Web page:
Jeff Bezos’ hacked iPhone had Apple’s vaunted security, and that may have helped its alleged hackers

A security report last week alleged that Amazon founder Jeff Bezos received a WhatsApp message laden with code that secretly hacked and snatched reams of personal data from his iPhone X. The message allegedly came from the crown prince of Saudi Arabia, Mohammed bin Salman.

Reed Albergotti, Craig Timberg, and Jay Greene for The Washington Post:

WhatsApp Bezos hack on an Apple iPhone X
Apple’s iPhone X
Security researchers say Bezos probably fell victim to the iPhone’s Achilles’ heel: Its defenses are so difficult to penetrate that once sophisticated attackers are in, they can go largely undetected. “A lot of Apple security is amazing and really benefits the average user, but once you’re a target of an advanced adversary or three letter agency, the advanced security of these devices can be used against you,” says Patrick Wardle, who worked for the National Security Agency and is now principal security researcher for Minneapolis-based software maker Jamf…

Apple recently announced changes to its bug bounty program, upping the maximum reward to $1.5 million. It also announced it would distribute special phones to security researchers that allow deeper access to the operating system…

Apple’s efforts to make it more difficult to penetrate its operating system may have helped reduce the number of bugs found on iOS, but it has also helped push some of that research underground… Meanwhile, a black market for iPhone bugs has flourished, researchers say, with companies springing up to offer hacking services to the government or, in some cases, anyone willing to pay.

MacDailyNews Take: Hopefully, Apple’s bug bounty program’s expansion will lead Apple to finding what must amount to a relative handful of very sophisticated exploits and eliminating them forever, starting with closing off whatever insecurity is obviously present in Facebook’s WhatsApp.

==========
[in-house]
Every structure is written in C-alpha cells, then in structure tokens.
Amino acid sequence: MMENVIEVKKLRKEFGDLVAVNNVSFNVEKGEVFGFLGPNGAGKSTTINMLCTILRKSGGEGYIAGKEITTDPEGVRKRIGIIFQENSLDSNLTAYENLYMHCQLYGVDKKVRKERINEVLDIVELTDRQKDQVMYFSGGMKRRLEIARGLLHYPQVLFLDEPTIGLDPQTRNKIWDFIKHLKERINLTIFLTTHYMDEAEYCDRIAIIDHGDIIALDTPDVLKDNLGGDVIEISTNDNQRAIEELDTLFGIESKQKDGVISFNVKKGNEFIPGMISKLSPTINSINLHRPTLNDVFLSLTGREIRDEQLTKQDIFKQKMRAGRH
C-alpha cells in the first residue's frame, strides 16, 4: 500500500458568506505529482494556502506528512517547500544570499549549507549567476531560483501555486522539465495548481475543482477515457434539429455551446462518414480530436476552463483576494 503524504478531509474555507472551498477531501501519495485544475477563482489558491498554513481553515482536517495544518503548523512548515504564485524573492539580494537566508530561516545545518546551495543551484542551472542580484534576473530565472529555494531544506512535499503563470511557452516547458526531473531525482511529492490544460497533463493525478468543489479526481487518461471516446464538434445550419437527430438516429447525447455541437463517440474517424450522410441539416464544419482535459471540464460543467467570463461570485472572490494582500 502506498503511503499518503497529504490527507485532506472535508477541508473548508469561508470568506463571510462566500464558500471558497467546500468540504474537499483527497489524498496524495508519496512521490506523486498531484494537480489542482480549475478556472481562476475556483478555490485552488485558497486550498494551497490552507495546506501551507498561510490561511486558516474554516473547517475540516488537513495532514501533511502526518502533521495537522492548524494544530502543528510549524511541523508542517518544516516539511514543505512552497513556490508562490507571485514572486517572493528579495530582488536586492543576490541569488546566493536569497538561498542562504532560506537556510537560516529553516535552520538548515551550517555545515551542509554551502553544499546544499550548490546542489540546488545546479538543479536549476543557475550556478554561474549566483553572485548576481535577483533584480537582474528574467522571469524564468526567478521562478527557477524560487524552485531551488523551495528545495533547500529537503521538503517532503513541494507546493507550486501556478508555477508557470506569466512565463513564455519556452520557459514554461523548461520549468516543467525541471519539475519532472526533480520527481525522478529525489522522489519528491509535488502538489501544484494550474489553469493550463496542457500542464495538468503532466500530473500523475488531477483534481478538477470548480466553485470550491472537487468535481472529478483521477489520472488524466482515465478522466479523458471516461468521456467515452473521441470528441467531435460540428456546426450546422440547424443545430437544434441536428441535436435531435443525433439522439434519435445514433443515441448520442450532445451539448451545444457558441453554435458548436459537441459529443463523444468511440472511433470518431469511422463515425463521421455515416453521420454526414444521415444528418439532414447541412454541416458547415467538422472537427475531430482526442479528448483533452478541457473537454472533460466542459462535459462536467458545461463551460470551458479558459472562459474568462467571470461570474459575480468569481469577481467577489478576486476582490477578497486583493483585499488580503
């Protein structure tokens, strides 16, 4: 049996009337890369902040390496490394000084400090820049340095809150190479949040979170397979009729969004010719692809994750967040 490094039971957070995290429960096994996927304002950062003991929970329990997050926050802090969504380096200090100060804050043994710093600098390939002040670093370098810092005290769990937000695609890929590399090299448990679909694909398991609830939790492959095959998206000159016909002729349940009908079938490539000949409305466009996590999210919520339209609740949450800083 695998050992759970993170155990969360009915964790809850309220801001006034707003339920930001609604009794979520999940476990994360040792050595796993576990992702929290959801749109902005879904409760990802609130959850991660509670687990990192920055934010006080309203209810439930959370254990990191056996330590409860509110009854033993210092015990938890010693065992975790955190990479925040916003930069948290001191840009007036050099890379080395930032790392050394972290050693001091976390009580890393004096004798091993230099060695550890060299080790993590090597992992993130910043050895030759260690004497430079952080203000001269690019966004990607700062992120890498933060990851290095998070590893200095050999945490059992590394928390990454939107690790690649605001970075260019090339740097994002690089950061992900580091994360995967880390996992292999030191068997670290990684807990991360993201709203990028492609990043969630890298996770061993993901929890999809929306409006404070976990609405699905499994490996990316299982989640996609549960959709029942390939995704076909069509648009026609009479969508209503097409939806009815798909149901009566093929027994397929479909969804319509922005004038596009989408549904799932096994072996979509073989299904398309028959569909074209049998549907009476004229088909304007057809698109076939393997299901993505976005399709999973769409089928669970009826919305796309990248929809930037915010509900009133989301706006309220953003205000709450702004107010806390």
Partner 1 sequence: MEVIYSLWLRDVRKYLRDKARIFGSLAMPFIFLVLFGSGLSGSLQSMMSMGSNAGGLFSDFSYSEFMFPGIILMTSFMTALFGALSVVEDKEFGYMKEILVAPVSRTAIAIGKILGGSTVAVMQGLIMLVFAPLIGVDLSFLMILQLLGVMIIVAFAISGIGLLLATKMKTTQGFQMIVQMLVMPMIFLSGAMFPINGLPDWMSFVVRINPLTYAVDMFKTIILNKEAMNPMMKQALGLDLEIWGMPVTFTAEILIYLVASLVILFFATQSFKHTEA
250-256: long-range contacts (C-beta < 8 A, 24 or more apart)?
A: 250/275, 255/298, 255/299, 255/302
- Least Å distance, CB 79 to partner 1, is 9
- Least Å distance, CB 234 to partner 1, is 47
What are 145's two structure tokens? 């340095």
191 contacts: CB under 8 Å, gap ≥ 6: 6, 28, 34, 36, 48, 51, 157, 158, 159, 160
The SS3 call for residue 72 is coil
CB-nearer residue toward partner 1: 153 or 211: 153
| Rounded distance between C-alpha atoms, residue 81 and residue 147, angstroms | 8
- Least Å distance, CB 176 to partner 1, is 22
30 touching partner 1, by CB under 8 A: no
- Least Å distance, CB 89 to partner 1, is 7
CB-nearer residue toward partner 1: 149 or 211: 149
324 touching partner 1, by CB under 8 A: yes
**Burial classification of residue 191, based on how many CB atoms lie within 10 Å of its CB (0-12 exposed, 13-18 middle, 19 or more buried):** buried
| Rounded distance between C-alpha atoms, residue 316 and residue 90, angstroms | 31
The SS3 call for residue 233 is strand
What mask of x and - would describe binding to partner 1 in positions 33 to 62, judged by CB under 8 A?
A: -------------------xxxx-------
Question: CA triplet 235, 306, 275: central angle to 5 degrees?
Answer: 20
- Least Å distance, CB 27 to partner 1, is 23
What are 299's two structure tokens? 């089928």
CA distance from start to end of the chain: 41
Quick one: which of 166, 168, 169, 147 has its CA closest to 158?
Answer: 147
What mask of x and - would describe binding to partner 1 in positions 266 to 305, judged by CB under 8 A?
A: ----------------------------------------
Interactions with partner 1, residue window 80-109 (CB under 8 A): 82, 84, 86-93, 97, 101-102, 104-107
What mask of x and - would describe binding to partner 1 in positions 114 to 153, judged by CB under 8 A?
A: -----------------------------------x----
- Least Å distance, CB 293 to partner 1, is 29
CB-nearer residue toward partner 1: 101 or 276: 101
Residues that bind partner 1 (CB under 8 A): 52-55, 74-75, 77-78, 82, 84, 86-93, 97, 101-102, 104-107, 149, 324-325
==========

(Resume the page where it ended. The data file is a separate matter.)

[Thanks to MacDailyNews Reader “Dale E.” for the heads up.]

26 Comments

  1. “It’s defenses are so difficult to penetrate that once sophisticated attackers are in, they can go largely undetected.”

    It’s a feature!

    I won’t call Apple to task for being hacked. That would be wrong. That’s on the bad guys.

    But that’s some serious bullshit from Apple shills.

    1. That’s a nice straw man you’ve set up. Nobody is saying or has ever said Apple’s device security is perfect. What people have said is that Apple devices are more secure than alternatives and that is true. There is no debate on that statement. None. At. All. Can Apple devices be hacked? Yes. Are Apple devices safer and more secure than alternatives? Yes. You can’t argue out of one side of your mouth that Apple is the most locked down censored environment in existence and then argue out of the other side of your mouth that Apple is no more secure than anyone else. Those two arguments are contradictory. If you don’t understand why then you have no coding or software engineering experience or knowledge. Take it from an engineer. More open = more security vectors. As you’re fond of saying, it’s just math.

      1. You’re made of Straw. It is Apple that constantly touts its Security, it’s the authors that claimed it’s “so good it Hurth them”. And I did not tout anything about the alternatives.